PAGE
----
Commercial Candour

(On the outside of a sensational novel is printed the statement: ‘The back of the cover will tell you the plot.’)

Our fathers to creed and tradition were tied,
They opened a book to see what was inside,
And of various methods they deemed not the worst
Was to find the first chapter and look at it first.
And so from the first to the second they passed,
Till in servile routine they arrived at the last.
But a literate age, unbenighted by creed,
Can find on two boards all it wishes to read;
For the front of the cover shows somebody shot
And the back of the cover will tell you the plot.

Between, that the book may be handily padded,
Some pages of mere printed matter are added,
Expanding the theme, which in case of great need
The curious reader might very well read
With the zest that is lent to a game worth the winning,
By knowing the end when you start the beginning;
While our barbarous sires, who would read every word
With a morbid desire to find out what occurred
Went drearily drudging through Dickens and Scott.
But the back of the cover will tell you the plot.

The wild village folk in earth’s earliest prime
Could often sit still for an hour at a time
And hear a blind beggar, nor did the tale pall
Because Hector must fight before Hector could fall:
Nor was Scheherazade required, at the worst,
To tell her tales backwards and finish them first;
And the minstrels who sang about battle and banners
Found the rude camp-fire crowd had some notion of manners.
Till Forster (who pelted the people like crooks,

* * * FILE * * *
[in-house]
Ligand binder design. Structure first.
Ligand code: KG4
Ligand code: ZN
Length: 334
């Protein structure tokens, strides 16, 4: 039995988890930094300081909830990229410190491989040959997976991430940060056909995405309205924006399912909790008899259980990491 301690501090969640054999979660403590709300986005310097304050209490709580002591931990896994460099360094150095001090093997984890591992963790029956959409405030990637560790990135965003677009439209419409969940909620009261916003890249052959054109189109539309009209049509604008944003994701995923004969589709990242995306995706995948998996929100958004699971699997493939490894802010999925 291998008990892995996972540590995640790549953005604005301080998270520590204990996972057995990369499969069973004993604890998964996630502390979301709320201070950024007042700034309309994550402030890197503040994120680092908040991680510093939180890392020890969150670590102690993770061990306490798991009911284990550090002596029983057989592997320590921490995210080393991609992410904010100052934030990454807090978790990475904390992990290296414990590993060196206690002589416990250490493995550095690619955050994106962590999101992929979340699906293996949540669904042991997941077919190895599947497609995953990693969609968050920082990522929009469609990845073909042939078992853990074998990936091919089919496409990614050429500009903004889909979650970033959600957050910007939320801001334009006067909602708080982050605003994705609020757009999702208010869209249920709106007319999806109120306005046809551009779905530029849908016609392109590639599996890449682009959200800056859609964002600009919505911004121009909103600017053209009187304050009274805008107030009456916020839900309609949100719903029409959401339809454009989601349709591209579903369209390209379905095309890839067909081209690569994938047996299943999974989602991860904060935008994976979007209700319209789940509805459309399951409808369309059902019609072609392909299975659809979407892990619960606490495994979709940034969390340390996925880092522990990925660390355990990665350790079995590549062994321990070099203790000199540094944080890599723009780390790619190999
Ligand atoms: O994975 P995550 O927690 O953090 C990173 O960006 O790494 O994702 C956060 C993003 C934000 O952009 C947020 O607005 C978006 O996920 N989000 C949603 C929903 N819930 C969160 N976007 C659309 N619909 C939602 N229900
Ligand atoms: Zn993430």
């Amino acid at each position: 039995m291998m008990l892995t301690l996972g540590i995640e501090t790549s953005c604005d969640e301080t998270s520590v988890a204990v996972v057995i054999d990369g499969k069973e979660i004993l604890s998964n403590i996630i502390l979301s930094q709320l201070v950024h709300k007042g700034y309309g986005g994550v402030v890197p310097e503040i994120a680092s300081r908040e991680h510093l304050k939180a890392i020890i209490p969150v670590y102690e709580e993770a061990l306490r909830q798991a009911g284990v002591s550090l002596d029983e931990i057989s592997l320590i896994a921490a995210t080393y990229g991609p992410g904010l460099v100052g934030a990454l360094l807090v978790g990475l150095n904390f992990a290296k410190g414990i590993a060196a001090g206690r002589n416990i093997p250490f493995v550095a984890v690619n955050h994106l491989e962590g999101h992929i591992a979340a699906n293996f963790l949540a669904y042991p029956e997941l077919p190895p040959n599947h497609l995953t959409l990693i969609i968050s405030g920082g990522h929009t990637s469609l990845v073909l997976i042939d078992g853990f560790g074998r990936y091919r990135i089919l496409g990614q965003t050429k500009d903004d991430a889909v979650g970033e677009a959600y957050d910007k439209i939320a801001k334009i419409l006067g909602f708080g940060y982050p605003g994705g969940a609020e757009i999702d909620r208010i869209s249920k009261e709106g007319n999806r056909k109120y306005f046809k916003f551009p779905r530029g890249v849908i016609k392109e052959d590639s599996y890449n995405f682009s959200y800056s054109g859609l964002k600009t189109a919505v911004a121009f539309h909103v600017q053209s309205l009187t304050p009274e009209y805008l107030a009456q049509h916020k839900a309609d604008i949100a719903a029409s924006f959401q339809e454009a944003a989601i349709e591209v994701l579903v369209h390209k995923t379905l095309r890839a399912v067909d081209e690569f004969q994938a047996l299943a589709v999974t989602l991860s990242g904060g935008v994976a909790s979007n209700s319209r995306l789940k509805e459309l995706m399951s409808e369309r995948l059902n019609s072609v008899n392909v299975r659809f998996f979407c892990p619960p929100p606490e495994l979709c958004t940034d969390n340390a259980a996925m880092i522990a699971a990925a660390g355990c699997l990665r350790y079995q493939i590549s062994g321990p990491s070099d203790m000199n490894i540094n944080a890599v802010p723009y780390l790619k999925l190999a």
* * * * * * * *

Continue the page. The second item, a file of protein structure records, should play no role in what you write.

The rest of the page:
The Irish with buckshot, the English with books),
Established the great educational scheme
Of compulsory schooling, that glorious theme.
Some learnt how to read, and the others forgot,
And the back of the cover will tell you the plot.

O Genius of Business! O marvellous brain,
Come in place of the priests and the warriors to reign!
O Will to Get On that makes everything go -
O Hustle! O Pep! O Publicity! O!
Shall I spend three-and-sixpence to purchase the book,
Which we all can pick up on the bookstall and look?
Well, it may appear strange, but I think I shall not,
For the back of the cover will tell you the plot.

- from New Poems (1932).

Published in: on February 21, 2007 at 5:19 am  Comments (1)  

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  1. [...] You might think, with talk of “black squiggles” and so forth, that this is intended to be satire, but apparently not. It puts me in mind of a poem by Chesterton, which reads (in part): [...]


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